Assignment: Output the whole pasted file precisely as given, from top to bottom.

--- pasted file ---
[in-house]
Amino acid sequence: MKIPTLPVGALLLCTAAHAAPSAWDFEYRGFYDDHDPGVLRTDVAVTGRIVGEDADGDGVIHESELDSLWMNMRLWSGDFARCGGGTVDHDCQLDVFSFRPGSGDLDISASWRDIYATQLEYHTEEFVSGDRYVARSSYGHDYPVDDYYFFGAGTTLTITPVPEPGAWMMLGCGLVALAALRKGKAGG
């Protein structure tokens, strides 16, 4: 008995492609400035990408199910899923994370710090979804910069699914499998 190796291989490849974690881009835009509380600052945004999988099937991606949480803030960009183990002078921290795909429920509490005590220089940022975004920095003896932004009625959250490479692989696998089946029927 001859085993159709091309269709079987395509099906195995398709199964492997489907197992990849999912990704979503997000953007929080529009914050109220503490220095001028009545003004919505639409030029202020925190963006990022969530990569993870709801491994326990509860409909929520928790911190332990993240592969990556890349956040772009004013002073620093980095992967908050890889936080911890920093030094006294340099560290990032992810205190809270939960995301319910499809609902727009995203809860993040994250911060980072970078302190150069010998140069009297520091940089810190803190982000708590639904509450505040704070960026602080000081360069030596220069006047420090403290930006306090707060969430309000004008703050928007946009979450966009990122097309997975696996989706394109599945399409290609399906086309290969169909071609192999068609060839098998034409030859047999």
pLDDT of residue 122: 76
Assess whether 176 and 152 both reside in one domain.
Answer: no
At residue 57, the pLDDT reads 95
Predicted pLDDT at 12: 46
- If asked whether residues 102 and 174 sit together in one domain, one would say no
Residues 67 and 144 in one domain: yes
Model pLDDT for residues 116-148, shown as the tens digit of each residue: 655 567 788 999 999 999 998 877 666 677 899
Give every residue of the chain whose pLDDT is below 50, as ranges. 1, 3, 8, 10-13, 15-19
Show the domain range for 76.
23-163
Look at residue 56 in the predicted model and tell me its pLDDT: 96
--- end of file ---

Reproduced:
[in-house]
Amino acid sequence: MKIPTLPVGALLLCTAAHAAPSAWDFEYRGFYDDHDPGVLRTDVAVTGRIVGEDADGDGVIHESELDSLWMNMRLWSGDFARCGGGTVDHDCQLDVFSFRPGSGDLDISASWRDIYATQLEYHTEEFVSGDRYVARSSYGHDYPVDDYYFFGAGTTLTITPVPEPGAWMMLGCGLVALAALRKGKAGG
């Protein structure tokens, strides 16, 4: 008995492609400035990408199910899923994370710090979804910069699914499998 190796291989490849974690881009835009509380600052945004999988099937991606949480803030960009183990002078921290795909429920509490005590220089940022975004920095003896932004009625959250490479692989696998089946029927 001859085993159709091309269709079987395509099906195995398709199964492997489907197992990849999912990704979503997000953007929080529009914050109220503490220095001028009545003004919505639409030029202020925190963006990022969530990569993870709801491994326990509860409909929520928790911190332990993240592969990556890349956040772009004013002073620093980095992967908050890889936080911890920093030094006294340099560290990032992810205190809270939960995301319910499809609902727009995203809860993040994250911060980072970078302190150069010998140069009297520091940089810190803190982000708590639904509450505040704070960026602080000081360069030596220069006047420090403290930006306090707060969430309000004008703050928007946009979450966009990122097309997975696996989706394109599945399409290609399906086309290969169909071609192999068609060839098998034409030859047999």
pLDDT of residue 122: 76
Assess whether 176 and 152 both reside in one domain.
Answer: no
At residue 57, the pLDDT reads 95
Predicted pLDDT at 12: 46
- If asked whether residues 102 and 174 sit together in one domain, one would say no
Residues 67 and 144 in one domain: yes
Model pLDDT for residues 116-148, shown as the tens digit of each residue: 655 567 788 999 999 999 998 877 666 677 899
Give every residue of the chain whose pLDDT is below 50, as ranges. 1, 3, 8, 10-13, 15-19
Show the domain range for 76.
23-163
Look at residue 56 in the predicted model and tell me its pLDDT: 96